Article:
If you do this during a conversation with a person it can put you at higher risk for COVID-19

The Centers for Disease Control and Prevention (CDC) reported that COVID-19 can spread via aerosolized droplets that spread when someone coughs, sneezes, or even just speaks. This means simple face to face conversations can be dangerous. 

Experts are now saying it is even more dangerous to stand directly in front of someone while talking to them. 

Seema Lakdawala, PhD, a flu transmission researcher at the University of Pittsburgh said it’s best to turn away from people when you talk to them to avoid contracting or transmitting the coronavirus. 

“If there’s any scenario where I’m face to face with someone, I move my head off-center so I’m no longer inhaling that direct plume,” she said.

This may be awkward at first because many people are used to making eye contact when having a conversation with someone. Lakdawala said it’s important to remember that this precaution not only protects you but others from contracting coronavirus. 

A study, published in The Proceedings of the National Academy of Sciences, reported that one minute of loud talking could generate at least 1,000 virus-containing droplets. What’s even more noteworthy is that these droplets can remain suspended in the air for up to 14 minutes after a conversation has ended.

“These observations confirm that there is a substantial probability that normal speaking causes airborne virus transmission in confined environments,” the authors of the study reported.

The CDC advised, if someone has been within six feet of an infected person for at least 15 minutes, starting from 48 hours before the infected person began feeling sick, they are considered to have been in close contact with the virus.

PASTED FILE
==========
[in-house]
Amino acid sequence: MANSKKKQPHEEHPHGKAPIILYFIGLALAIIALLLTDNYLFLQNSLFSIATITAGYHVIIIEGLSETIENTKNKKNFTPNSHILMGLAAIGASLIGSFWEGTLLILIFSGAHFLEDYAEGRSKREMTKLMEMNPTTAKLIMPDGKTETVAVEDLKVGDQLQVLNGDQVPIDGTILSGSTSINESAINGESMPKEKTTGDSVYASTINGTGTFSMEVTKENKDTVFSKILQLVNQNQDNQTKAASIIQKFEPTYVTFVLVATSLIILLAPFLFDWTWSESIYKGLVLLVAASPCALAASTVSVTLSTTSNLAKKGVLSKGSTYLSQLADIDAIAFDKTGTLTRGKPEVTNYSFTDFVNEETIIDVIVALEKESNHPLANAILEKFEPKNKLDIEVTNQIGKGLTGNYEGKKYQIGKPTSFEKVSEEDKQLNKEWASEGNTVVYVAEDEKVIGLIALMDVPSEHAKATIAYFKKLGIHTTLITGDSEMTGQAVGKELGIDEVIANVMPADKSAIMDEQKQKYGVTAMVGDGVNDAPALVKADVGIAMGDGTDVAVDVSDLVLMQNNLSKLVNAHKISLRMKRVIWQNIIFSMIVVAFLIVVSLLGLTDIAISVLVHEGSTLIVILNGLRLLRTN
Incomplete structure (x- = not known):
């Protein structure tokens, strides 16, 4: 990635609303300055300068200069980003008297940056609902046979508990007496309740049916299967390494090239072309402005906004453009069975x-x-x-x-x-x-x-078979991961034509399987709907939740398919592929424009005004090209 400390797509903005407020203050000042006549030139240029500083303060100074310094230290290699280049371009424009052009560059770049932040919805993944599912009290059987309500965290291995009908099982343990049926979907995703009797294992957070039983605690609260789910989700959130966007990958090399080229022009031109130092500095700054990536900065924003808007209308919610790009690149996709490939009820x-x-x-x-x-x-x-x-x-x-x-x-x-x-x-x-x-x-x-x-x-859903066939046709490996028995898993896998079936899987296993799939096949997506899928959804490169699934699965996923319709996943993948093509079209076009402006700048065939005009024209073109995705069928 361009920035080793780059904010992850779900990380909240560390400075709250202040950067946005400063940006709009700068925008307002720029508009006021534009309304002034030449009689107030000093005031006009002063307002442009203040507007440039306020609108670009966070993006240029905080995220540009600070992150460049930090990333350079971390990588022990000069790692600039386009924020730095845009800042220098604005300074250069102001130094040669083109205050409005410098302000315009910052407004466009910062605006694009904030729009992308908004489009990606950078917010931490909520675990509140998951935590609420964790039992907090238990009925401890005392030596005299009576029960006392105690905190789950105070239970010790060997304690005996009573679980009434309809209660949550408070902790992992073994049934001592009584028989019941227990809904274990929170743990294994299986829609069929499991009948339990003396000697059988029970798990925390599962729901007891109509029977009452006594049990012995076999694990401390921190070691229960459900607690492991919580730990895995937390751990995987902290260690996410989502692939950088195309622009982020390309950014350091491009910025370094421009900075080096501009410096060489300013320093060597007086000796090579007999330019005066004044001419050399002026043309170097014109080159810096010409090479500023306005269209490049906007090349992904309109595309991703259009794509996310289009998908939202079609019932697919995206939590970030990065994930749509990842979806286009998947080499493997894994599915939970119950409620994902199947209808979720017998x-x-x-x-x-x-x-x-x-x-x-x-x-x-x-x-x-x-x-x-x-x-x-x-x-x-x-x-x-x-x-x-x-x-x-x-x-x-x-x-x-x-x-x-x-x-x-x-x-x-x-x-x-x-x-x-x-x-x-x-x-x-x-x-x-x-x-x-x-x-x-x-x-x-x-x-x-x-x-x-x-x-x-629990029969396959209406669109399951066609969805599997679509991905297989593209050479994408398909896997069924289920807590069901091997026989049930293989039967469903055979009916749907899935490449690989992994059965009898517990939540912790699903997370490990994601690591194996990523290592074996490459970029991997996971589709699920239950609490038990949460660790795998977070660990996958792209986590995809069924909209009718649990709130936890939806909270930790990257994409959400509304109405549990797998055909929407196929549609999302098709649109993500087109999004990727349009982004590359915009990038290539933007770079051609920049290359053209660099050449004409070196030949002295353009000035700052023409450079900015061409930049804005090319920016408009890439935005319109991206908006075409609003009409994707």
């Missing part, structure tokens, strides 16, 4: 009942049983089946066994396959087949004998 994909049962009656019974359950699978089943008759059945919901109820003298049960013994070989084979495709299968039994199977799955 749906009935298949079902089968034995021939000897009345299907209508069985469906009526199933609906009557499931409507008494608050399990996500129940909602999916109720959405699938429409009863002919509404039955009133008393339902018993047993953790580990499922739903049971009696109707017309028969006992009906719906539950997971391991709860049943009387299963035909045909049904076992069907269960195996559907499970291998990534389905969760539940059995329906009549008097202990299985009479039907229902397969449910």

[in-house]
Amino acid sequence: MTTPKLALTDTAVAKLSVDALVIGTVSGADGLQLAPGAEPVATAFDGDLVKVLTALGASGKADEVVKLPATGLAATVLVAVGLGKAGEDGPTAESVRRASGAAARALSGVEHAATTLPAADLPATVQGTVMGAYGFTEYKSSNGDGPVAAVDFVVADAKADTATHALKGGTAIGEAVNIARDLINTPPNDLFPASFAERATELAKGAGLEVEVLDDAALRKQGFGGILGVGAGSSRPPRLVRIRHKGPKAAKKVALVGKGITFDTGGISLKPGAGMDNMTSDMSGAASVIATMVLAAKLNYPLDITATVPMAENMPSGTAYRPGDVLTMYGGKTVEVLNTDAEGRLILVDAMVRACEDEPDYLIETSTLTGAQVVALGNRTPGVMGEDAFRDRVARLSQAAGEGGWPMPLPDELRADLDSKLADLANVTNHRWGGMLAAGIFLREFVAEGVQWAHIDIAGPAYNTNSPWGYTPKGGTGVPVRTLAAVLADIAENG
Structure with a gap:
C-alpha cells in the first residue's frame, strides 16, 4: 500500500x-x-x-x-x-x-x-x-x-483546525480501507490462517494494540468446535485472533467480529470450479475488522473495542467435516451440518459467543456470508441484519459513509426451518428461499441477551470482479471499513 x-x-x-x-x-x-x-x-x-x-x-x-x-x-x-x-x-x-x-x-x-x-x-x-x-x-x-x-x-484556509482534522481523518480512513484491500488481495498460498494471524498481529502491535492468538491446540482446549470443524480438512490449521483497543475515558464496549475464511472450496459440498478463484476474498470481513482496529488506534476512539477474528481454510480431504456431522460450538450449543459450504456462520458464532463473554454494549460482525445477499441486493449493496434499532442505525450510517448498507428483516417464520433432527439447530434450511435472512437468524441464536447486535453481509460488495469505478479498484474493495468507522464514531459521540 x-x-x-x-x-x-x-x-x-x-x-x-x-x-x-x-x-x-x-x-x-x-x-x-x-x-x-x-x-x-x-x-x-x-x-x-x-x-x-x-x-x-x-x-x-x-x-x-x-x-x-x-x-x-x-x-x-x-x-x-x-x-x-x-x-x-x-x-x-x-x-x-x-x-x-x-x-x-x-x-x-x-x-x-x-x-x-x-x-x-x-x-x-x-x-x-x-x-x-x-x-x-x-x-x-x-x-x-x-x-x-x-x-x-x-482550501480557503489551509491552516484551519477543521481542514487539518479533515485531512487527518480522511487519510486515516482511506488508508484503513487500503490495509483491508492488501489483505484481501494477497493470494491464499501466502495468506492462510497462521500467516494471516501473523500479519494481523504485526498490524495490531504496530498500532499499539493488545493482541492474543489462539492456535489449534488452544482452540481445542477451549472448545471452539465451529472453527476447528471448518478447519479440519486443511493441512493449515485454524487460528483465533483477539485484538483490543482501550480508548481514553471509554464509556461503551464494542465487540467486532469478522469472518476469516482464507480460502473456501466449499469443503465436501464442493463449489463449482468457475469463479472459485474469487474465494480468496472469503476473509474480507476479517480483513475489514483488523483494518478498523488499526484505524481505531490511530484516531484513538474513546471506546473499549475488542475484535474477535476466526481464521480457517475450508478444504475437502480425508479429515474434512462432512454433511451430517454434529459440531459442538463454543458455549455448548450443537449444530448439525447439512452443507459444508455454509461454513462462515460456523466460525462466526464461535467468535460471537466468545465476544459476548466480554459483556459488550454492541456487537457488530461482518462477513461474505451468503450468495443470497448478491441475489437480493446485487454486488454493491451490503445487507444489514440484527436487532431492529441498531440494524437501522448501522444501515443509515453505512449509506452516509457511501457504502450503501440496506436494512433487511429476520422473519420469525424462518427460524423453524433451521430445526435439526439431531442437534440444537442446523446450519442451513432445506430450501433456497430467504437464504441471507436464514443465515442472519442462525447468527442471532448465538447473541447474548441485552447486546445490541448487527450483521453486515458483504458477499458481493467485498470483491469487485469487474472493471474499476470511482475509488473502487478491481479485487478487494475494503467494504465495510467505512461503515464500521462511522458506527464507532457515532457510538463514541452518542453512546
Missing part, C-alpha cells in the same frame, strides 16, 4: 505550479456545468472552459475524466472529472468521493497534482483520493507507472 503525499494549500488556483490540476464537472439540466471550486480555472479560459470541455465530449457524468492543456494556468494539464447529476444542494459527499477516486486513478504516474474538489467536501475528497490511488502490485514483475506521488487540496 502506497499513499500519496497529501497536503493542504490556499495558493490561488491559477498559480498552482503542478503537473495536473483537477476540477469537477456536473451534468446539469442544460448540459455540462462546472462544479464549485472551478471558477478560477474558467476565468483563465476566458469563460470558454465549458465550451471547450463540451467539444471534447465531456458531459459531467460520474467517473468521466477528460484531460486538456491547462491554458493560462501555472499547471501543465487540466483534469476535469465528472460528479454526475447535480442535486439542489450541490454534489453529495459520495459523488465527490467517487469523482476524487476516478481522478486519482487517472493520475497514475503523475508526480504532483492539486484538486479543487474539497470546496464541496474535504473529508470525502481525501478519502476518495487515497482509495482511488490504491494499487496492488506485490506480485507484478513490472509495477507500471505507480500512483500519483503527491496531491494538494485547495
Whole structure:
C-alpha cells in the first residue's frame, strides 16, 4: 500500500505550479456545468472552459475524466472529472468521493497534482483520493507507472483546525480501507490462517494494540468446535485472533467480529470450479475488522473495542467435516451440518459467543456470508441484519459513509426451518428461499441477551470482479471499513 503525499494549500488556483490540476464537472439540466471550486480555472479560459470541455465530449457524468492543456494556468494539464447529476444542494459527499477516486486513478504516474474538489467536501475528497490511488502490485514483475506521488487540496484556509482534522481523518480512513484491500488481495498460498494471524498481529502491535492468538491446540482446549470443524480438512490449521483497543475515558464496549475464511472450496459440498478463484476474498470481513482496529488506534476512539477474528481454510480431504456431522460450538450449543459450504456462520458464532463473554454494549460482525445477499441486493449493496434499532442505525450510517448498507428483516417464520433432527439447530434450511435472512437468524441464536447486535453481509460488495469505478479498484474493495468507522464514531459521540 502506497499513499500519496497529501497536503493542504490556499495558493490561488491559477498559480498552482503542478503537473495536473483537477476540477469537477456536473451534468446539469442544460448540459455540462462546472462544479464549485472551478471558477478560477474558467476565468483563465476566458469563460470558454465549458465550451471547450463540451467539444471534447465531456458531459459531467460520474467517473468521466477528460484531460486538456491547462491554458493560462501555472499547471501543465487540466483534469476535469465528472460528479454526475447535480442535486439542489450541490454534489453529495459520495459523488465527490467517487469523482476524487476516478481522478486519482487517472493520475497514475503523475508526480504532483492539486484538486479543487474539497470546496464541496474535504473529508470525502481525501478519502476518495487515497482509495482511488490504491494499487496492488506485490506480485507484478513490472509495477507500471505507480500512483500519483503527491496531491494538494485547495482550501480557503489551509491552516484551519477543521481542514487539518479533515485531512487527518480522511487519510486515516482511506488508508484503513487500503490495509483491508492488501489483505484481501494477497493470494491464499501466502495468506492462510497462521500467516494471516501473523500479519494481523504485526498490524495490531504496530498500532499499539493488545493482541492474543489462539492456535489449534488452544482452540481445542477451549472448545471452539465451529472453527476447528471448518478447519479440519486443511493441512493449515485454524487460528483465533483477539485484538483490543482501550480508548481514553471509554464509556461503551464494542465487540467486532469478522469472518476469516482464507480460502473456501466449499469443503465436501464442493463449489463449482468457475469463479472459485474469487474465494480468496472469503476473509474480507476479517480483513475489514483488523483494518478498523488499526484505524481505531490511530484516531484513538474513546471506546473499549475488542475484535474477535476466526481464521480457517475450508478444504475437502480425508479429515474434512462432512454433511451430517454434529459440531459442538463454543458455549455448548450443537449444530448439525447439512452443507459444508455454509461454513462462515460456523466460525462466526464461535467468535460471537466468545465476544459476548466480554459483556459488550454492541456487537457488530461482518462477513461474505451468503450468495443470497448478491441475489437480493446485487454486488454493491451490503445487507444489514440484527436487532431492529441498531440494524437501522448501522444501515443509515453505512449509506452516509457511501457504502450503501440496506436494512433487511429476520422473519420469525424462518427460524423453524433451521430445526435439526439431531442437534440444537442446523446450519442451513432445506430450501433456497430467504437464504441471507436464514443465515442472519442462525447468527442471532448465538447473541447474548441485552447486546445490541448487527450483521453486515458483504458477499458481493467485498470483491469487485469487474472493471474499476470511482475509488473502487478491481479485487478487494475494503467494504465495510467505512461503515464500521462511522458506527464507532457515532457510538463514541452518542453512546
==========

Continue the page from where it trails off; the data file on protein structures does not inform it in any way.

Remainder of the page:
Besides simply turning away from others while having a conversation, scientists agree it’s important to wear a mask and practice social distancing while engaging with others. 

Larger droplets will fall to the ground quickly, according to researchers from the National Institutes of Health and the Perelman School of Medicine at the University of Pennsylvania. And most droplets have been reported to drop off within a six-foot distance. 

“If you’re six feet apart, it provides that buffer,” said Waleed Javaid, MD, director of infection prevention and control at Mount Sinai Downtown in New York City. 

Additionally, wearing a mask can reduce virus transmission by up to 70%, said Purvi Parikh, MD, pediatric allergist, and immunologist at NYU Langone Health.

Dr. Werner E. Bischoff, the medical director of infection prevention and health system epidemiology at the Wake Forest School of Medicine echoed this, saying that the risk is significantly reduced by following the recommended protocols. 

“Normal talking to a person while keeping the recommended social distance will be fine. Putting on a mask will be even better,” they said.